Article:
Many Americans have asked me where they could retire away from this country's advancement towards Marxism. I was wracking my brain trying to find a place that would be suitable for my retirement years where I could continue to live in the relative freedom I found in the 1970s America. As long as we follow the law, we have nothing to hide and nothing to fear except the arm of "environmental justice" and "social justice."

After all, who wants to live their formative youth years under the Iron Curtain of communism and then their retirement years under the boot of communism on steroids in America? The Eastern Europeans' Security Police were novices when compared to all sorts of 24/7 electronic surveillance in the U.S., more sophisticated than the Soviets could have ever devised.

We have smart meters, water meters, gas meters, A/C meters, smart appliance meters, drones attached to our homes, flying drones, NSA spying, laptops, smart gadgets, smart TVs, smart phones, social networks like Facebook, and many other devices I don't even know exist, aimed at controlling everything that we do, speak, create, think, and write.

In a sense, we are surrounded by regular police in the streets, cameras on every street corner, building, or intersection, and security police on a mountain top, usually college graduates in their best pajamas or fatigues, watching a bank of monitors, not just the lowly street-snitches variety, who recorded long time ago our comings and goings, or the poor shmucks who recorded, listened to our conversations, and wrote a report at the end of the day.

Is there such a place on the planet where communism/totalitarianism no longer exists? Not really, since global communism is not just on a relentless march, it is on a trot, thanks to government elites around the world and the United Nations.

A Romanian journalist suggested in a recent article that retirees should move back to Romania, more specifically, to the Brasov-Sinaia-Sibiu region, an ideal place where life in general resembles the life in a resort with clean streets, little traffic congestion, fresh mountain air, relatively inexpensive housing, and a very good standard of living. Not sure about the medical amenities which retirees usually need. I am sure there are some private clinics.

His invitation was not based on altruism and care for the wellbeing of the retirees as much as the uncomplicated financial salvation of the Romanian struggling economy affected by the worldwide deep and prolonged recession.

Based on his calculations, the average retiree would spend monthly 600 euros and save 400 euros. I cannot imagine being able to save 40 percent of their gross income in such hard times, but I will go along with his overly optimistic formula.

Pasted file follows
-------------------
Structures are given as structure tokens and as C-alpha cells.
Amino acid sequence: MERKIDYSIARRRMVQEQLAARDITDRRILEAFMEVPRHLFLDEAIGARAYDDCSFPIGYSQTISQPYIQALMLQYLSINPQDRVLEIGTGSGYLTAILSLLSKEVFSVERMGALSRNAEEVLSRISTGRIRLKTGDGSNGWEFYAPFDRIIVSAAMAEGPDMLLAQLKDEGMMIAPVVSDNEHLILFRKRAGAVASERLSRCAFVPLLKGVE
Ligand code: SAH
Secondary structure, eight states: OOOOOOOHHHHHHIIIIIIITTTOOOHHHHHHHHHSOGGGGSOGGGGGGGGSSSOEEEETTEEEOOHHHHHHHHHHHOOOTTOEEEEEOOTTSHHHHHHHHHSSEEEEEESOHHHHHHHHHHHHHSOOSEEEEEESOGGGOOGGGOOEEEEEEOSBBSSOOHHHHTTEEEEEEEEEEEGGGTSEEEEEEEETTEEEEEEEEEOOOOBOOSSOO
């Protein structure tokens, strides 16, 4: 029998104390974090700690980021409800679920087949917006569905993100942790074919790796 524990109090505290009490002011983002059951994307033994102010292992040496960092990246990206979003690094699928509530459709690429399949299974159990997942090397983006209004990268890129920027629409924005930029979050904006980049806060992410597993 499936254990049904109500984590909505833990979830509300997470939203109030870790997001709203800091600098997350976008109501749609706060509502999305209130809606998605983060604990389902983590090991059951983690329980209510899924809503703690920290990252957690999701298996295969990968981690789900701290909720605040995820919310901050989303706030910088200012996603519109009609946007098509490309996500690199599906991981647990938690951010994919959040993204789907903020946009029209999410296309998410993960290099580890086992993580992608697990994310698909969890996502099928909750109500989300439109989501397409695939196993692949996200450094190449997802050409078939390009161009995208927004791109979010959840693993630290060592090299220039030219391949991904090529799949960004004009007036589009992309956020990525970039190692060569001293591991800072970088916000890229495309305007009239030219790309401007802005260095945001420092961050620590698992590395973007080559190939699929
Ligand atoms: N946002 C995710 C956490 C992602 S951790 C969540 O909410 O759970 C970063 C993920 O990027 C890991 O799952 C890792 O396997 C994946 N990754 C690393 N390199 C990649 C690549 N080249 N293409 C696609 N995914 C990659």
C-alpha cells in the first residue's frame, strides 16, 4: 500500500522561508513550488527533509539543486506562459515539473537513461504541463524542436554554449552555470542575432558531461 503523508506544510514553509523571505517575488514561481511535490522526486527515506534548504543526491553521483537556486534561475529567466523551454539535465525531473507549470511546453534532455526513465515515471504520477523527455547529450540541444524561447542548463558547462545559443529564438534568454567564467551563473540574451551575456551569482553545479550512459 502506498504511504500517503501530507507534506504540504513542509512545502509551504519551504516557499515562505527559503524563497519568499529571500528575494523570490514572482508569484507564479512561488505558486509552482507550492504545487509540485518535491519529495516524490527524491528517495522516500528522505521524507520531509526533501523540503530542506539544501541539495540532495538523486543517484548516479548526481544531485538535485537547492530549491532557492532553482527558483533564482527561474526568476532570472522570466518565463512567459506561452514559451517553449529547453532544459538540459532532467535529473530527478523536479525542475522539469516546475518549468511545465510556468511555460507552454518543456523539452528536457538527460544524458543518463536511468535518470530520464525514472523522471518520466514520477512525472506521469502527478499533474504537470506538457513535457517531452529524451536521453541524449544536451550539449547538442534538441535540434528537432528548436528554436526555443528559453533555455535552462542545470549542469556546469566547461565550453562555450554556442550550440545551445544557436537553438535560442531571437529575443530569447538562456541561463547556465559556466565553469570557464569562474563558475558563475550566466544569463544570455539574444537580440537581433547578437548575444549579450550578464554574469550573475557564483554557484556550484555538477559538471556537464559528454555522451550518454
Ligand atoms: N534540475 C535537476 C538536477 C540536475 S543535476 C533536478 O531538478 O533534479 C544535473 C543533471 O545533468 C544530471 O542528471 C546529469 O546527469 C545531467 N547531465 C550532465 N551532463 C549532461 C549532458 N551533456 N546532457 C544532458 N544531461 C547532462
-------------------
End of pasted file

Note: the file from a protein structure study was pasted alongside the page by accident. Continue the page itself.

If 100,000 Romanians living abroad would repatriate in the next five years, and each family would invest 50,000 euros in the Brasov area as an epicenter of development, it would result in a 5 billion euro of new infusion of cash benefiting economic growth in housing, apartments, consumption, and services such as medical, tourism, transportation, construction, and other basic household goods.

Investors would not have to wait on corrupt politicians to fund economic development sporadically after they had squandered on themselves and on their pet projects the bulk of the money earmarked for economic development for impoverished areas that truly needed it.

Living well and salvaging the Romanian economy at the same time seems like a no-brainer, a win-win situation for everyone. There is a little nagging question in the back of my mind, a sort of "what if" based on my pessimistic realpolitik experience with Marxists.

The European Union brand of socialism that has been infused into Romania with the new capital for economic development, for environmental "green growth" projects, and other partnerships with corrupt politicians that were already scions of former hard-core commies, has given rise to a new class of global communism supporters who could confiscate or nationalize wealth, pensions, bank accounts, and investments just for "social justice" and the "common good."

So, the short answer to the question, is there a place where you can retire away from communism, is no—t he reason being that it has gone global.

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